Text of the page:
I understand the stigma with males and nursing, but really, we love our male nurses! And although I think there will always be kind of that stigma with some people, males are respected as nurses and I really don't think you have anything to worry about if it's being a "nurse" that bothers you. I have an EMT friend that wants to go to PA school because, although he respects nurses, he doesn't want to be one... Even though it would be less schooling and less debt to go RN then MSN, he just can not get past the fact that he would be a "nurse". If you can get past that, you will be joining a great profession!
  9. by   Babbott72
    Thanks so much NAURN for your insight. Due to so many factors a FNP makes much more logical sense than a PA at this moment (location, costs, growing family, etc.). Not really sure how I will feel as a nurse until I get in there...and then take the next step toward the NP. Again, I appreciate the information. I know I will learn a tremendous amount. I guess it's equivalent to wedding night jitters
    A month away from such a big journey towards such a different career (from what I am currently in).
  10. by   NAURN
    Good luck in whatever you choose. Please let us know what your final decision was and how its going!
  11. by   Jasil
    Go to med school!! If your GPA's are that good 1 year of pre-reqs and a solid MCAT and you can get in. Old premeds .com and nontraditional forum will enlighten you.

    My neighber 3 houses down is 37 and is in his 2nd year he couldn't be happier!!
  12. by   carachel2
    Count me as one of those who doesn't understand why the charge nurse you were following suggested you go NP? It really makes no sense for someone who has no desire to be an RN and who is older. It is the long way around for sure AND is going to be way more expensive than PA school. I would imagine with PA school you are going to need about a year of pre-reqs such as chemistry, A&P, etc. but then PA school will be a quick 2 years (full-time of course) for you. Nursing school is going to seem like a LOT of BS to you as you float along being forced to learn care plans and nursing theory .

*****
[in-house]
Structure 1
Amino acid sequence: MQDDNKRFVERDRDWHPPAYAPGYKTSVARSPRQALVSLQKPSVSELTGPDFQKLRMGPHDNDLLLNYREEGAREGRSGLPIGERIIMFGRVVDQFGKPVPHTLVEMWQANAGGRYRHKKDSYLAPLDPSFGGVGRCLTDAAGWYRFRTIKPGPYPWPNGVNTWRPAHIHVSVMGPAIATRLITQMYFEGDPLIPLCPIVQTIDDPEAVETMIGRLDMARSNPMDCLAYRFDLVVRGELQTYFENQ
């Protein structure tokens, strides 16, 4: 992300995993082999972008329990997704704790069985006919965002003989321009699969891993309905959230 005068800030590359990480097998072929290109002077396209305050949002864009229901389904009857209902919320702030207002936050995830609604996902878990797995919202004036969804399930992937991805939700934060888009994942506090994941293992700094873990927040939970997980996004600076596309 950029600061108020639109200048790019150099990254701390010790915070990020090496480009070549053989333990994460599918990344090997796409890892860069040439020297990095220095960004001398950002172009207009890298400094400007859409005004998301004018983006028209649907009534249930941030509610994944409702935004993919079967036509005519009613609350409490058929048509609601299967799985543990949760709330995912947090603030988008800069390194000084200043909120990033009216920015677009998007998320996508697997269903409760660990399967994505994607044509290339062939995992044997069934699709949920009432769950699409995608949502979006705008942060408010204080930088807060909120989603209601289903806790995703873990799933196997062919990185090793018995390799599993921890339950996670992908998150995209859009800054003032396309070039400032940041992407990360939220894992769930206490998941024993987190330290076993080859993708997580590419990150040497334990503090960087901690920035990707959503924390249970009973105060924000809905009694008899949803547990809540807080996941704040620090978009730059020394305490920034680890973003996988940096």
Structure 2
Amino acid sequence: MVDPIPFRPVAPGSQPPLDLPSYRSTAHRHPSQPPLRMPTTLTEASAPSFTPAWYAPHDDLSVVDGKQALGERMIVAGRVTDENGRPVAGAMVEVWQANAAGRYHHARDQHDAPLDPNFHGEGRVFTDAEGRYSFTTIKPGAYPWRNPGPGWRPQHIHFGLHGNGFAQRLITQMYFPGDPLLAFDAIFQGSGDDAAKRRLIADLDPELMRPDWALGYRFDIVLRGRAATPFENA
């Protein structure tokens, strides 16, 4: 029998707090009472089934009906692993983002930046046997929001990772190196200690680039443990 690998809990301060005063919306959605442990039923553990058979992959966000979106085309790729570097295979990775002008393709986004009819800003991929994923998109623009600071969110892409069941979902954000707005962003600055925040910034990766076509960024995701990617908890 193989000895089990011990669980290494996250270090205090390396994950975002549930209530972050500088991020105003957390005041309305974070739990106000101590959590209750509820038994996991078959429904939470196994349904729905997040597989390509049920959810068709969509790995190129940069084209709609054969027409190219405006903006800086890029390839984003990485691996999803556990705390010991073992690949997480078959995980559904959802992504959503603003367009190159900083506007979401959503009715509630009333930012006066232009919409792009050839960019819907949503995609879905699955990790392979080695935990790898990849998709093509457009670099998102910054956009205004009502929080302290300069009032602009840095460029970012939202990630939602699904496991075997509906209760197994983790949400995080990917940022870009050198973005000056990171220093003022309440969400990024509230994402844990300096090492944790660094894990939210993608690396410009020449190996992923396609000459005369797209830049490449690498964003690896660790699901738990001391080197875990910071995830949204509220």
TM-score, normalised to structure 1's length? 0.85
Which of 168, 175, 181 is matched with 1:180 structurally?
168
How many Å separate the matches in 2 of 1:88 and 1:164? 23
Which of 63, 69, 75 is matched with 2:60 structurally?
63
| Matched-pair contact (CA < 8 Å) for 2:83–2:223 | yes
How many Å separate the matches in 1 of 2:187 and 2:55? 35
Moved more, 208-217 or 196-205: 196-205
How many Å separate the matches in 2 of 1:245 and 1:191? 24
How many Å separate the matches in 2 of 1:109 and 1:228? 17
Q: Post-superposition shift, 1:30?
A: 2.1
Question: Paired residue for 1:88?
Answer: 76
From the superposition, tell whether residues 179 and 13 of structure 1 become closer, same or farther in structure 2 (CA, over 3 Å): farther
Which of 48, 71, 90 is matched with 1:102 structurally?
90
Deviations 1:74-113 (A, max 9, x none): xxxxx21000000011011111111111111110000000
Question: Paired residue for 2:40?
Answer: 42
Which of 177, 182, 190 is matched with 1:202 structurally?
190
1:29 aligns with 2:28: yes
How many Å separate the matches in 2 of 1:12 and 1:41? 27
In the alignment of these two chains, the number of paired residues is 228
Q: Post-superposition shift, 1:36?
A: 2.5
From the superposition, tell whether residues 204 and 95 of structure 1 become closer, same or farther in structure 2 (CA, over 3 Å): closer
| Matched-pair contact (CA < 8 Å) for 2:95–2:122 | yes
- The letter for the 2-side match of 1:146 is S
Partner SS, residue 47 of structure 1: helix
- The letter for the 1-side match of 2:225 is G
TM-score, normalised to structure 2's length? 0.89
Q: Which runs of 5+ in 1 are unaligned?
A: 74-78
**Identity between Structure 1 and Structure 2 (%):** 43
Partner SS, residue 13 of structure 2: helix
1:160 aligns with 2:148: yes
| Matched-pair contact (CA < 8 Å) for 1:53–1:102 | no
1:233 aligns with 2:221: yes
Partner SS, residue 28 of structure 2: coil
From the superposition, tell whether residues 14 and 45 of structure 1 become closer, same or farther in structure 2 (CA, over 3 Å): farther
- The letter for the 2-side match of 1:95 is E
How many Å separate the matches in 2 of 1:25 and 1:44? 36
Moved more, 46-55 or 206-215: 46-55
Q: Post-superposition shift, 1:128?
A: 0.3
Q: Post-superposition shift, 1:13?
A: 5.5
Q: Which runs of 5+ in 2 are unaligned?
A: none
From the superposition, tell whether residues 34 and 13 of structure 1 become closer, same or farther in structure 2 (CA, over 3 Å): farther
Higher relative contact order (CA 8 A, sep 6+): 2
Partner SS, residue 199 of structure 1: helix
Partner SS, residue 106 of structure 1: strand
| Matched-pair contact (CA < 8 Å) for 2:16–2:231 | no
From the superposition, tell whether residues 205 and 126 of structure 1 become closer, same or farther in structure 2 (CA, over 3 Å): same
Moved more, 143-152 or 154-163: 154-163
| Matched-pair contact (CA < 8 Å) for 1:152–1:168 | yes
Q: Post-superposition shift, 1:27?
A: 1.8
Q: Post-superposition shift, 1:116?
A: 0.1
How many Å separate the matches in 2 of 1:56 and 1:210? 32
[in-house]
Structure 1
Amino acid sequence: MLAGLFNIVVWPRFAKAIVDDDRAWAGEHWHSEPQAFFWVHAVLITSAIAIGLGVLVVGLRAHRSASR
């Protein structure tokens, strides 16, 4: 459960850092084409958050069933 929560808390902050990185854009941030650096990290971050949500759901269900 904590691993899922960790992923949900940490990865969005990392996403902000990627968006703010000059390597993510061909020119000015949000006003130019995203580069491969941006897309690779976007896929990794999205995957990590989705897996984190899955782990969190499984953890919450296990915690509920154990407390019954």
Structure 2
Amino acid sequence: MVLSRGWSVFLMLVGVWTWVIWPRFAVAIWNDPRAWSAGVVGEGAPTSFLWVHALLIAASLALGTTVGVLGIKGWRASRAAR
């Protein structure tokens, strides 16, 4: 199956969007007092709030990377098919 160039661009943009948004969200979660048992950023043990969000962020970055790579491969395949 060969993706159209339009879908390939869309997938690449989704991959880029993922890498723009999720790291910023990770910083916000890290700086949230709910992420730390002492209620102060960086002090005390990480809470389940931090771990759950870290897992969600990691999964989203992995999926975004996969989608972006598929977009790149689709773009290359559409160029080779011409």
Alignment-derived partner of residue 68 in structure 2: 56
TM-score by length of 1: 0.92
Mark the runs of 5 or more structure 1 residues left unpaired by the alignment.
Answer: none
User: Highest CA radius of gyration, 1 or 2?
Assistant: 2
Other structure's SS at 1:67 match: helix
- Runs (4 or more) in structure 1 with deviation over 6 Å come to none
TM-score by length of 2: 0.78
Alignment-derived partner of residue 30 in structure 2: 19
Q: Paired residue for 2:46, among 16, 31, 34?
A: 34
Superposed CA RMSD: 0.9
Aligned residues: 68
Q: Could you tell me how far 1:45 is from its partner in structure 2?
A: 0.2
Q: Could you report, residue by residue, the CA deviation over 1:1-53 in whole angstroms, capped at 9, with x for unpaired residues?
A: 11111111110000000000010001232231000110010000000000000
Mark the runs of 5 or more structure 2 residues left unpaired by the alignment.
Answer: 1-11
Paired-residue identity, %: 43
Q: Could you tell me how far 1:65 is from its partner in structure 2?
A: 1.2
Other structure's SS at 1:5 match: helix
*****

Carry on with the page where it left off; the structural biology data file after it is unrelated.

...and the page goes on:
If you don't want to be an RN and you think you have a reasonable chance of getting into a PA school, I would somehow hold off on the nursing school and focus your efforts towards PA.

    You say you don't really care for a huge amount of autonomy, but you do want some AND you are one who recognizes your limits. I think you will do fine in either role.
  13. by   BCgradnurse
    I went into nursing as a second career and did the Direct Entry route. I really didn't want to do bedside nursing, except in a few specific areas, and RN jobs just weren't available in my area. I did a Direct Entry program full time and immediately got a job as an FNP in a community health center. It's not my dream job, but I've learned a tremendous amount and have gained wonderful experience. I'll be well positioned to look for that dream job when my contract is up. I also considered the PA and MD route. Med school was out for several reasons; the expense, the time I would be out of the workforce, and the lifestyle (long hours, being on-call, etc). NP just felt like a better fit for me than PA. Not all the reasons are tangible, but I didn't really like the people I met at the PA school. They seemed very technically and task orientated, and not as patient oriented as I wanted. I'm happy I made the choice to go with NP. I make a decent salary, work 4 days a week, and never have to be on call. I work with a great bunch of NPs and MDs and have more than enough autonomy. It works for me.

    Best of luck with whatever path you choose.